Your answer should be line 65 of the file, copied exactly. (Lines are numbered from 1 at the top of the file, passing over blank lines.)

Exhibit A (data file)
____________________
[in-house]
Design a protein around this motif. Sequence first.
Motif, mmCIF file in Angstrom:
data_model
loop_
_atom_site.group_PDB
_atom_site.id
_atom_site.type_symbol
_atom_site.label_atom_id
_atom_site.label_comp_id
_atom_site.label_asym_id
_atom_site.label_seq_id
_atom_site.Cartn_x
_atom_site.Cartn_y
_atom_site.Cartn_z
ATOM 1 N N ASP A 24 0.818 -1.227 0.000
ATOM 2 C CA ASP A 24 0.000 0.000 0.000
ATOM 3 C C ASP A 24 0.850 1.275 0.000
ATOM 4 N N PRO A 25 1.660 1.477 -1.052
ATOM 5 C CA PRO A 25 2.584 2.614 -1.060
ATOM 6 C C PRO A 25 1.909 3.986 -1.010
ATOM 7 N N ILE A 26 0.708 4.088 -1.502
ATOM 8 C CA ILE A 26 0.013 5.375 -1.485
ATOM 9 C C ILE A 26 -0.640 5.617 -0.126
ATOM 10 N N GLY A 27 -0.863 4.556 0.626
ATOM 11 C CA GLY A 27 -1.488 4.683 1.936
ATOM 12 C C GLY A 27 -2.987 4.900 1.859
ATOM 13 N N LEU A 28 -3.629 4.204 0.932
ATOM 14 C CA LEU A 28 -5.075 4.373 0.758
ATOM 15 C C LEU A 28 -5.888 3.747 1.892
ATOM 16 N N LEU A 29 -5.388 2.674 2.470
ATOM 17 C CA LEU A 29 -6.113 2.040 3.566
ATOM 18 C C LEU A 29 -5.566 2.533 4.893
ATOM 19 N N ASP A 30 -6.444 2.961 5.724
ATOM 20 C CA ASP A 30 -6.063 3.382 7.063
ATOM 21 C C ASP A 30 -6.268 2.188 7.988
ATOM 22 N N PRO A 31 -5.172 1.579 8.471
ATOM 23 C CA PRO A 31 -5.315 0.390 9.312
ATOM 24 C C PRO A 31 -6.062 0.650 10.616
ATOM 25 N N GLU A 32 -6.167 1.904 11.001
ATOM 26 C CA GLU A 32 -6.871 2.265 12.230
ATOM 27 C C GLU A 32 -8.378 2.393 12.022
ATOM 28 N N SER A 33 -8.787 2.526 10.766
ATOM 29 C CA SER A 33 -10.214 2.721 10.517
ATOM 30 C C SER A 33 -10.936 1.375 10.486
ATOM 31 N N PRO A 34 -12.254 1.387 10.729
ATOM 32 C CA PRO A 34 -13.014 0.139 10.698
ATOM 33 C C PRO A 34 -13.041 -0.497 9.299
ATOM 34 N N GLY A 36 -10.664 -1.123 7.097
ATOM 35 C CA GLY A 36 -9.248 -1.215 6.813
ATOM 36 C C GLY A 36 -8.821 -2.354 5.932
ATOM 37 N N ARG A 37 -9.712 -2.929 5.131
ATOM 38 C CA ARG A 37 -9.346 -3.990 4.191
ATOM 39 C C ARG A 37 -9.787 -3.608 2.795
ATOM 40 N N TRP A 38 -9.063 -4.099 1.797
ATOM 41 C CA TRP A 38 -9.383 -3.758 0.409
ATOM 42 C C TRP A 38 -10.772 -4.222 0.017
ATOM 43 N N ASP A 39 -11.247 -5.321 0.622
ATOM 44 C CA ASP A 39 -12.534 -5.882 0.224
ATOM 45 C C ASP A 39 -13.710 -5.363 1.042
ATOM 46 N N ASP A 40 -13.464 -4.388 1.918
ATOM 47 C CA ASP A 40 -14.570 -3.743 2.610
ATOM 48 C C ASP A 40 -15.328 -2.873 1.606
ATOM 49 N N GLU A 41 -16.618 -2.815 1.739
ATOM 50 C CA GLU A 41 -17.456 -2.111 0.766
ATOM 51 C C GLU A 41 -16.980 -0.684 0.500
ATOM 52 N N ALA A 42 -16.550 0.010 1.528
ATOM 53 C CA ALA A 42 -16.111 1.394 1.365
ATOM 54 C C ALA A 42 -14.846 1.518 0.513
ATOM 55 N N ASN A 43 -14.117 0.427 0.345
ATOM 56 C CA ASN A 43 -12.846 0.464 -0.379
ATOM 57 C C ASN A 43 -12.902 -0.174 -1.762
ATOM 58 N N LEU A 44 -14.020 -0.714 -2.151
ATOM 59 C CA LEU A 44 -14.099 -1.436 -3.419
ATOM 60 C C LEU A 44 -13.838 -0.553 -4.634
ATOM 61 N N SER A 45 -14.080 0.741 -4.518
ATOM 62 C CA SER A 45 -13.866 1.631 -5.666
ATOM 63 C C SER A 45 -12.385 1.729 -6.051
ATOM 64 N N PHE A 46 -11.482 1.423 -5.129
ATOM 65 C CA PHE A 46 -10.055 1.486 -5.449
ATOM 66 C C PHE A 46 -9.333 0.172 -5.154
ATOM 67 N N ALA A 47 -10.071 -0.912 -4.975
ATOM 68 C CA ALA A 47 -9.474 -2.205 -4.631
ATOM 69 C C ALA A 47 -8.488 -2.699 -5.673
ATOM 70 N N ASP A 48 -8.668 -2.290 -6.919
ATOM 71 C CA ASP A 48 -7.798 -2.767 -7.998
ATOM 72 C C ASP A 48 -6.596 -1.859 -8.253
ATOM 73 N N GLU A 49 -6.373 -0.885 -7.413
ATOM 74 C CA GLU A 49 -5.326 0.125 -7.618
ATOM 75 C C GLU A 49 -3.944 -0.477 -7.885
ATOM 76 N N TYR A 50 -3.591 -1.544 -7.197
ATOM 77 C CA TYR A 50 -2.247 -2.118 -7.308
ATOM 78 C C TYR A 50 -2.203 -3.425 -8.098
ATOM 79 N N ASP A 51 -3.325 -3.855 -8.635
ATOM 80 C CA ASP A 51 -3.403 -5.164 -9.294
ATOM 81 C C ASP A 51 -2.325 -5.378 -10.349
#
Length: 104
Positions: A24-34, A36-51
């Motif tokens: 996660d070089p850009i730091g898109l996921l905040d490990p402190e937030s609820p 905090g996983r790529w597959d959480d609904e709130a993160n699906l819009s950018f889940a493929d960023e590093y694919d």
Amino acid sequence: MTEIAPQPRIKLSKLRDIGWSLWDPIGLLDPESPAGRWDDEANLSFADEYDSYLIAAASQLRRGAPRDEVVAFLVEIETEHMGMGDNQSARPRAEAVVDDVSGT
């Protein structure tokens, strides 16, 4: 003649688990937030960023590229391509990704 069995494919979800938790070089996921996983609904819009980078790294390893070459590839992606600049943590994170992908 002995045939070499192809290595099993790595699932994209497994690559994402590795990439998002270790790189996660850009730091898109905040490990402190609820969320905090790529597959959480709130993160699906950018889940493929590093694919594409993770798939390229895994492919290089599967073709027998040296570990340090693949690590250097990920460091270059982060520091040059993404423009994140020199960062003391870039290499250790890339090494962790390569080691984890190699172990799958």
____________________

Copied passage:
ATOM 50 C CA GLU A 41 -17.456 -2.111 0.766